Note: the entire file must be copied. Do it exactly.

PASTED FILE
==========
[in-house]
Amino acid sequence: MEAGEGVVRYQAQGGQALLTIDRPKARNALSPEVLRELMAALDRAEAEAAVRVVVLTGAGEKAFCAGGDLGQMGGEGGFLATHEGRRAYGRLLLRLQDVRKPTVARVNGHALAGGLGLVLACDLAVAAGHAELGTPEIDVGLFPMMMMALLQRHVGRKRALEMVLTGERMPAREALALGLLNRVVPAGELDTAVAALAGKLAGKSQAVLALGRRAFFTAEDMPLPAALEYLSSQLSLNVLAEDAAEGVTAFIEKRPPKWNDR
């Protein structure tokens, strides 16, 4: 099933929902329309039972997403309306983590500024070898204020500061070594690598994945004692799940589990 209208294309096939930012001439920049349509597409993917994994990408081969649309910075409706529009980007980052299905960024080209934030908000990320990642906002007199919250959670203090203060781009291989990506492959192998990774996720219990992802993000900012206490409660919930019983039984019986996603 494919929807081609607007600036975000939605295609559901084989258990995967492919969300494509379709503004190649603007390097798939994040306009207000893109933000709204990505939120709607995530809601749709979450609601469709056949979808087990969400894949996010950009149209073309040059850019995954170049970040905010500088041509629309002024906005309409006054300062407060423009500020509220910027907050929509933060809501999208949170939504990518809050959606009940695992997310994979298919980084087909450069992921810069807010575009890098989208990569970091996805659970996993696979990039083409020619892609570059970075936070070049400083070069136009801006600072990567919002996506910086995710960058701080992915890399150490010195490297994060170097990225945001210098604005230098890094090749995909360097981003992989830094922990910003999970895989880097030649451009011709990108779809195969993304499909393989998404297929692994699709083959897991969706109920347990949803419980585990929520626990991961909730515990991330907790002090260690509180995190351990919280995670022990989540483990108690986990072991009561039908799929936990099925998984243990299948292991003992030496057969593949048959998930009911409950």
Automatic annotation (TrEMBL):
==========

[in-house]
Amino acid sequence: MEAGEGVVRYQAQGGQALLTIDRPKARNALSPEVLRELMAALDRAEAEAAVRVVVLTGAGEKAFCAGGDLGQMGGEGGFLATHEGRRAYGRLLLRLQDVRKPTVARVNGHALAGGLGLVLACDLAVAAGHAELGTPEIDVGLFPMMMMALLQRHVGRKRALEMVLTGERMPAREALALGLLNRVVPAGELDTAVAALAGKLAGKSQAVLALGRRAFFTAEDMPLPAALEYLSSQLSLNVLAEDAAEGVTAFIEKRPPKWNDR
């Protein structure tokens, strides 16, 4: 099933929902329309039972997403309306983590500024070898204020500061070594690598994945004692799940589990 209208294309096939930012001439920049349509597409993917994994990408081969649309910075409706529009980007980052299905960024080209934030908000990320990642906002007199919250959670203090203060781009291989990506492959192998990774996720219990992802993000900012206490409660919930019983039984019986996603 494919929807081609607007600036975000939605295609559901084989258990995967492919969300494509379709503004190649603007390097798939994040306009207000893109933000709204990505939120709607995530809601749709979450609601469709056949979808087990969400894949996010950009149209073309040059850019995954170049970040905010500088041509629309002024906005309409006054300062407060423009500020509220910027907050929509933060809501999208949170939504990518809050959606009940695992997310994979298919980084087909450069992921810069807010575009890098989208990569970091996805659970996993696979990039083409020619892609570059970075936070070049400083070069136009801006600072990567919002996506910086995710960058701080992915890399150490010195490297994060170097990225945001210098604005230098890094090749995909360097981003992989830094922990910003999970895989880097030649451009011709990108779809195969993304499909393989998404297929692994699709083959897991969706109920347990949803419980585990929520626990991961909730515990991330907790002090260690509180995190351990919280995670022990989540483990108690986990072991009561039908799929936990099925998984243990299948292991003992030496057969593949048959998930009911409950």
Automatic annotation (TrEMBL):